HD-SDI = This was a great interim technology a few years ago and was originally developed for TV broadcasting. This tech delivers great quality, however it is expensive, difficult to find replacement parts for some systems and very finicky in regards to the cable type used making it not that good for retro fitting to HD. We no longer supply or install this tech unless it is finding a rare replacement part for a client.
What is a DVR/NVR and what is the difference?
DVR stands for Digital Video Recorder and NVR stands for Network Video Recorder. Basically they are the recording unit in a CCTV system, DVR for coax based systems and NVR for IP (network) based systems.
Most people will tell you the quality of the picture is dictated by the cameras which is true to an extent, however it doesn’t matter how good the cameras are if the recording unit is poor quality.
Arguably this is the critical component as the recorder has most of the features like remote view, motion detection, alerts etc. At OzSpy we only sell and install systems that have the latest features whilst maintaining reliability and picture quality. You should also note that a cheap DVR/NVR may not only be unreliable and poor quality recording, it may also be so complicated you will need an expert to assist in general use.
How many days recording can a DVR/NVR store?
The length of archive depends on number of cameras, frames per second (FPS) and amount of available hard disk space (HDD). The other setting that can effect this is motion detection, however some DVRs will still record constantly whilst there is no motion at a reduced rate.
For a typical four camera 1080P 2MP system recording 24/7 @ 12 fps you will get approx. 1 week storage from a 1TB HDD. See frame rates below to see how to increase this.
What frame rate is needed?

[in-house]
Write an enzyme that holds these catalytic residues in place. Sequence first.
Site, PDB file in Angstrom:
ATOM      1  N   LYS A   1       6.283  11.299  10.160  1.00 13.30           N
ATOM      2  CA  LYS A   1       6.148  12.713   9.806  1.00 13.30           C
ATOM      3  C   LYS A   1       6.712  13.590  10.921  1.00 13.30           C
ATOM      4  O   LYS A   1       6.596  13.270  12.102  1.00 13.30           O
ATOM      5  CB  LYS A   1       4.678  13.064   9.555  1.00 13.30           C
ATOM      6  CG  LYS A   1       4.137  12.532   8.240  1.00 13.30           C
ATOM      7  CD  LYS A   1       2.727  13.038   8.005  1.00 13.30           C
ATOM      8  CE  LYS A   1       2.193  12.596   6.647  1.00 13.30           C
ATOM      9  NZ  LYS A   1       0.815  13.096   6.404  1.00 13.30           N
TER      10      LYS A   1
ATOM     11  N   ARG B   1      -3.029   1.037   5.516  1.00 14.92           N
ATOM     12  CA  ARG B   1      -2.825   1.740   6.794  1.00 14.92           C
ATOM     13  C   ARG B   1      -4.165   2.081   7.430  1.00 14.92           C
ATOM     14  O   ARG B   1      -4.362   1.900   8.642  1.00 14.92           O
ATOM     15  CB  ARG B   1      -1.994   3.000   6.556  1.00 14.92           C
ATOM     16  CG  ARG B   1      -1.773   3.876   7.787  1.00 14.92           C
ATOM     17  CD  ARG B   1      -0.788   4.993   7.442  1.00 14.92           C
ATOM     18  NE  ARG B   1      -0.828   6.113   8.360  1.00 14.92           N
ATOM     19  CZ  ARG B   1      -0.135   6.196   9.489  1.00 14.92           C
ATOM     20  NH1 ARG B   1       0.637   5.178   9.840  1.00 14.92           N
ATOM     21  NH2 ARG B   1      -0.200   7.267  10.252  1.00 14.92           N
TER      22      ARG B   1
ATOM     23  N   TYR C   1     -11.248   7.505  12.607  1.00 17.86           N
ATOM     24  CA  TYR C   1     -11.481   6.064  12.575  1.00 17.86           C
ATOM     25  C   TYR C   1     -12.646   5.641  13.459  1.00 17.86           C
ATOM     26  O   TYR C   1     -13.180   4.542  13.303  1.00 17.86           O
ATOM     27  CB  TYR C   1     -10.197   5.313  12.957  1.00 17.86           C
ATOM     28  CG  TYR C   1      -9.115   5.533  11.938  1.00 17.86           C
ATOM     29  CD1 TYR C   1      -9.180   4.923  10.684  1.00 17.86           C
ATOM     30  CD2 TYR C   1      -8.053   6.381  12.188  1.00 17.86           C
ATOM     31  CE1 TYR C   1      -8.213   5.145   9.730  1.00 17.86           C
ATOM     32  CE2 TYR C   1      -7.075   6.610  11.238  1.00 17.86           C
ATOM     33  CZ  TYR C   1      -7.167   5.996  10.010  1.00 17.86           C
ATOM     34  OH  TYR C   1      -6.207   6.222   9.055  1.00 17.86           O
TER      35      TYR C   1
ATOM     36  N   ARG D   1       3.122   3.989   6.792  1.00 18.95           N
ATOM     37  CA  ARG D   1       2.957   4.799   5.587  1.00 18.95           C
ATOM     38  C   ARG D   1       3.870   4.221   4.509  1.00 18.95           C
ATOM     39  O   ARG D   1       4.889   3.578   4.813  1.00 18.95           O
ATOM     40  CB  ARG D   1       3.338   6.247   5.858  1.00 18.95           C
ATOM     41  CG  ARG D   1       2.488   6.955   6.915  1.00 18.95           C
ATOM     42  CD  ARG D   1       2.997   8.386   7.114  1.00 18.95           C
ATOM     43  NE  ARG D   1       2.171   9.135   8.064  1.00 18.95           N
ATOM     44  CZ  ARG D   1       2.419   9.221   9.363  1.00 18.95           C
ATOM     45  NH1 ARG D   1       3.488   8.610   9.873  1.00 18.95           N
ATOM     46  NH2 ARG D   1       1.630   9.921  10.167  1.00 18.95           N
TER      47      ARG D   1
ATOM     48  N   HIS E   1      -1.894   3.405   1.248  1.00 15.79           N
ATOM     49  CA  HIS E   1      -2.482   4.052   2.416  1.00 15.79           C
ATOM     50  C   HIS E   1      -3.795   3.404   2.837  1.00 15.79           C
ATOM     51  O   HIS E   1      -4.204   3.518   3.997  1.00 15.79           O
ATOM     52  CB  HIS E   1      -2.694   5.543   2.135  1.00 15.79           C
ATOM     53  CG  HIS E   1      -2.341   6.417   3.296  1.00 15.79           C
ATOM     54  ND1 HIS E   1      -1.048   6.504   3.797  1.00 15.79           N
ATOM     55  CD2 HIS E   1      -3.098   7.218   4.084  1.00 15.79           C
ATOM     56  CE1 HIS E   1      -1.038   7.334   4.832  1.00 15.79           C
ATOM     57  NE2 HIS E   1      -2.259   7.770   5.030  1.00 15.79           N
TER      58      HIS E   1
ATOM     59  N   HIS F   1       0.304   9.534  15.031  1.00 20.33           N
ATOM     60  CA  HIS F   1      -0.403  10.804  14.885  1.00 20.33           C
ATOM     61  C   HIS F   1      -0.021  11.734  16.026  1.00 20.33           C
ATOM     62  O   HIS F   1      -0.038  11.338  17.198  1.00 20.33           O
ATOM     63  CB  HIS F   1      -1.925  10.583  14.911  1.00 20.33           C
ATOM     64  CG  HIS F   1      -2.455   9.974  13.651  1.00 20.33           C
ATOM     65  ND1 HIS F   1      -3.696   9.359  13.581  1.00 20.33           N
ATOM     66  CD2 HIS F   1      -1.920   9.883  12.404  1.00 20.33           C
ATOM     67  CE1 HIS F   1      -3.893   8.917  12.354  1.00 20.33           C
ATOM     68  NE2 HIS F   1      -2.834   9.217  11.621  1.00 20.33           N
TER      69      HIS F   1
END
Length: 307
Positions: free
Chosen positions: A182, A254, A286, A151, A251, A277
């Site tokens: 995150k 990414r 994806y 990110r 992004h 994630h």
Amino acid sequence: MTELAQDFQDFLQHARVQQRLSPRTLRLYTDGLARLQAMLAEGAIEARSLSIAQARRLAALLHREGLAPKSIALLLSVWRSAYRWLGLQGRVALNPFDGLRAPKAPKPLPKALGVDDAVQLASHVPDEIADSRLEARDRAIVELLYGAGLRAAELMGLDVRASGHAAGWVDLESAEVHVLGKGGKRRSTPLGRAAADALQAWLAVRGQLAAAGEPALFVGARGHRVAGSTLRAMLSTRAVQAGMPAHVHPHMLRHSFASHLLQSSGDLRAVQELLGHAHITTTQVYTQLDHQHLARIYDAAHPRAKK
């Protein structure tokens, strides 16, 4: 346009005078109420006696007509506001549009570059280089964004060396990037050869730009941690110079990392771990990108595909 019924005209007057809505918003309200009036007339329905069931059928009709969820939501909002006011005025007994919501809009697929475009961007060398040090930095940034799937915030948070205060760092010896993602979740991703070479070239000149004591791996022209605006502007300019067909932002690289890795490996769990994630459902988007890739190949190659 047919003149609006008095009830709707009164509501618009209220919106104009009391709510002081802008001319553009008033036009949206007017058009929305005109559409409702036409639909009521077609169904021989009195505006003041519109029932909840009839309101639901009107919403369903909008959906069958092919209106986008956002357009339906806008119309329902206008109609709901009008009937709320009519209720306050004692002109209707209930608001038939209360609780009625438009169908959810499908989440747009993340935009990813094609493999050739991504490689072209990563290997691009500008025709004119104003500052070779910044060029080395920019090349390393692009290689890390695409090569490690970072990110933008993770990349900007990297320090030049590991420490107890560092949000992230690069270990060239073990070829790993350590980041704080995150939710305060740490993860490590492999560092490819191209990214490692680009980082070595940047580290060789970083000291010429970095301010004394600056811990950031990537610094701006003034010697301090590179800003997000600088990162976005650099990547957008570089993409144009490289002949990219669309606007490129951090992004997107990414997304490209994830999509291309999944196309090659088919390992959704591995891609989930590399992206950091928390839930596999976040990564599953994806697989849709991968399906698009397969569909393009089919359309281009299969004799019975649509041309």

FPS (frames per second) is pretty much how it sounds as it describes how many photos are taken per second to make the video. When you watch TV it is 25 fps however the human eye has difficulty discerning the difference between 12 and 25 and to be honest if you are recording even at six frames per second then each second you will get six photos so it really doesn’t make much difference. Not much can happen between the frames.
Remember the HDD storage time will double each time you halve the fps, for example as above the 1080P camera on a 1TB HDD will last a week @ 12fps, whereas @ 6 fps the same system will hold two weeks recording.
What is motion detection and how does it work?
The easiest way to explain motion detection is that the DVR/NVR will compare each frame (photo) and look for any difference. The difference is then calculated as a percentage and compared to your sensitivity setting. If everything matches it marks the recording as motion.
Most DVRs and NVRs give you the option to only record motion or record full time, as well as features like email notification etc.
Can I view live and recorded video remotely?
Yes, you can view live and recorded video from anywhere through the Internet. All OzSpy branded DVRs have a wizard that will set your system and your mobile device for remote view in a matter of minutes.
What kind of broadband do I need for remote view?
Basic DSL or cable will suffice in most cases as you can adjust the fps and resolution to ensure a smooth stream. Remember that if the DVR/NVR does not support P2P then you may need an IT specialist to set up your remote view.